## Saturday, December 01, 2007

### Isospin

The idea behind symmetry in physics is that there are things that you can change without making a difference to how a system evolves. I've already given the example of how rotating a pool table has no effect on the physics of the game. But here's another very different symmetry: in particle accelerator events that involve only the strong force, it makes no difference whether you're working with protons or neutrons. The strong force is unable to distinguish between these two types of particle. So we have a nice symmetry: for each proton or neutron in a system, we have a group of size two corresponding to the fact that we can swap one for the other. Now clearly protons and neutrons are different, they have different charges, but that only makes a difference to electromagnetic interactions, not strong interactions. This symmetry is called isospin symmetry.

But it gets more interesting when we consider quantum mechanics. Represent a proton by a vector (1,0) and a neutron by a vector (0,1). Quantum mechanics allows us to form superpositions by adding linear combinations of physical states to get new ones. So if (1,0) is a physical state, and (0,1) is also one, then so is (0.5,0.5). This is like the Schrödinger Cat state, it's a mixture of proton and neutron. In fact, we can form states (a,b) for any complex numbers a and b. So now we have scope for even more symmetry because not only should neutrons and protons be interchangeable, any mixture should be interchangeable with any other. What Heisenberg proposed was this: maybe the proton and neutron, considered as 2D vectors, have rotational symmetry just like the pool table. (Well, I don't think he was thinking in terms of pool tables.) Because we're dealing with complex numbers he proposed a symmetry group called SU(2), instead of SO(2), but it's a similar kind of thing, just the complex number variation of the 2D rotation group. SU(2) acts on the (complex) 2D space spanned by the proton vector (1,0) and the neutron state (0,1) and so this space forms what I previously called a Lie group representation. The proton and neutron form a 2-dimensional representation of SU(2). So let's think about this more generally. If we have n particles that we suspect are connected by some symmetry group G, then they must form an n-dimensional representation of the group. Such a collection of particles is also called a multiplet. But here's the cool thing: if we have some kind of classification theorem listing the kinds of symmetry groups we expect to see in nature, and if we have a theorem classifying all of their representations, then we expect the particles of nature to be collected into families of similar particles that are organised just like those representations. So just knowing some pure mathematics should tell us a lot about particle physics.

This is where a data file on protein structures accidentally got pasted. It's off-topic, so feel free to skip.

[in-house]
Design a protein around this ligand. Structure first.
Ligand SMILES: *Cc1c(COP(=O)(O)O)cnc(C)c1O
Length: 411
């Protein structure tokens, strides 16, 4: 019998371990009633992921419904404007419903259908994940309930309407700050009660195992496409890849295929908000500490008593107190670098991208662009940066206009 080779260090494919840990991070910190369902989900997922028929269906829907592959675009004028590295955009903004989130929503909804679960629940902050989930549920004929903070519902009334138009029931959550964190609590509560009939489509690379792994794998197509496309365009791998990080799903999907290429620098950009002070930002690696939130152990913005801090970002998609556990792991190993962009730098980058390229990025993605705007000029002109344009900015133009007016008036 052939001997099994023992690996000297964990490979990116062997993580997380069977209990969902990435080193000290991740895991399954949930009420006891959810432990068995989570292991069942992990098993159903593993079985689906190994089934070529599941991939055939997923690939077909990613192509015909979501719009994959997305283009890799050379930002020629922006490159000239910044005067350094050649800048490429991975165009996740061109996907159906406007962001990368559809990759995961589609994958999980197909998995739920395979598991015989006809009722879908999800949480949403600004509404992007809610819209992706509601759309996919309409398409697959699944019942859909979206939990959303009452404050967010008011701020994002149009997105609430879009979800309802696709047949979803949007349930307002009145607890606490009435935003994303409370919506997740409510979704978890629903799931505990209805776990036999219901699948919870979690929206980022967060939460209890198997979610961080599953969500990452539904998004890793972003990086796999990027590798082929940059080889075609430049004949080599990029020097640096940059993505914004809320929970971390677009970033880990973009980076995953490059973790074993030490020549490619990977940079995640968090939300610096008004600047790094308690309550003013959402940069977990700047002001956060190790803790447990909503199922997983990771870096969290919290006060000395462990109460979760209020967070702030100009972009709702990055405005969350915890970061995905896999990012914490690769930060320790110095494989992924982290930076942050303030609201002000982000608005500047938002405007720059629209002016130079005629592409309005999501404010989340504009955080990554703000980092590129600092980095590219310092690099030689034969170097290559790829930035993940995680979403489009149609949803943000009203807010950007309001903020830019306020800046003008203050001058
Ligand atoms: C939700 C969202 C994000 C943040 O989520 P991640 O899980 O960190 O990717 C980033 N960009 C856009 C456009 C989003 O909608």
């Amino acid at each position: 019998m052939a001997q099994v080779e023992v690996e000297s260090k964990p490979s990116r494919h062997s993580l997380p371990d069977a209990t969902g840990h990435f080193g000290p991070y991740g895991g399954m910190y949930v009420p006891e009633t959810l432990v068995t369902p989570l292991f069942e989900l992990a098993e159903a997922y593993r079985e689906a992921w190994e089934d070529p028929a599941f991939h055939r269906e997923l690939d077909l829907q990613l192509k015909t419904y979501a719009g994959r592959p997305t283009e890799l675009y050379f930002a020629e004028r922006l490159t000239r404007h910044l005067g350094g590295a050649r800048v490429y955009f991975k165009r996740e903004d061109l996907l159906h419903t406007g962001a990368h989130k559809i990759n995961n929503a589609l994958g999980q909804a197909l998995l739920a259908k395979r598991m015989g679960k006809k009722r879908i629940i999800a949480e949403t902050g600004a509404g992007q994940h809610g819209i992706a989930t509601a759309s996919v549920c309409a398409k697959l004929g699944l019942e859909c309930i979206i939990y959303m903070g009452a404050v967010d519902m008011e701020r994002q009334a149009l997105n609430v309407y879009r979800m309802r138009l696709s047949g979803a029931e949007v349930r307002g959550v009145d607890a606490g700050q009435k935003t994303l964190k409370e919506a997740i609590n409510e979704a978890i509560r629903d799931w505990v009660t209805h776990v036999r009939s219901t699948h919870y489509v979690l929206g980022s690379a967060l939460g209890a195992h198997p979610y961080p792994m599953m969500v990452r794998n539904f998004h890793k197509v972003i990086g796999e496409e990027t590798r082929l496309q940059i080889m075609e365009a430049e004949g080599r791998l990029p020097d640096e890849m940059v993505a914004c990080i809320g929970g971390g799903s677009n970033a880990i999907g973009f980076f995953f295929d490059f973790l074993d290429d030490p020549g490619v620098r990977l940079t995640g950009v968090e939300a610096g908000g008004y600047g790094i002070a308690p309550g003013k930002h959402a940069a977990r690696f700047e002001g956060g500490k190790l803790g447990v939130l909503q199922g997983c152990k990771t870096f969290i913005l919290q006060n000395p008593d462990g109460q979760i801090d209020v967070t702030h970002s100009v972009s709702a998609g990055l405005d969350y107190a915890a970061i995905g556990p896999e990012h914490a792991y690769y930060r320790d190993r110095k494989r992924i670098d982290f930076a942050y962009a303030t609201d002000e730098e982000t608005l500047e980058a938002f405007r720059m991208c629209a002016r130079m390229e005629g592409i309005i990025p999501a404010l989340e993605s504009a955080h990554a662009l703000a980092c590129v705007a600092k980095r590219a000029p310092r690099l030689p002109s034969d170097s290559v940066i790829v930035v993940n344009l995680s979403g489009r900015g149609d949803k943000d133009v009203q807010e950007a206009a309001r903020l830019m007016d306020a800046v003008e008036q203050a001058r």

### Simple Lie Groups and E8

I've already said a little about how mathematicians go about the process of classifying representations of Lie groups by looking at maximal tori. Now I want to look at how Lie groups themselves are classified. Lie groups can often be built out of smaller pieces. This suggests the idea of finding the basic building blocks which can't be built out of simpler Lie groups. For a large class of groups, the basic building blocks are known as the simple Lie groups. (Now you know what the "Simple" in the title of Garrett Lisi's paper is about.) A priori you might imagine that you have all kinds of freedom when you try to construct new Lie groups. Incredibly you don't, and the list of simple Lie groups is quite...well...simple. The Lie groups fall into seven families called A, B, C, ..., G. The individual members of these families are given names like C4, where the integer is the dimension of the maximal torus. Four of the families, A to D, are fairly straightforward, and the groups form infinite sequences A1, A2, A3 and so on. Some of these are familiar. For example the B series are the rotation groups in odd dimensional spaces. B1 is just another name for SO(3). But curiously, the other three families, E, F and G, are finite. These are known as the exceptional Lie groups. The complete list is E6, E7, E8, F4 and G2. (What's even more exceptional about these is that many other branches of mathematics have exceptional objects too, and they're closely related to these. And now you know what 'exceptional' in that title means.) E8 is the highest dimensional of the exceptional simple Lie groups. In other words, you can think of it as the largest possible symmetry we could have that isn't simply built out of smaller pieces, or isn't just part of a straightforward sequence of symmetries. But it's not 'simple' in the ordinary sense of the word, it's 248-dimensional.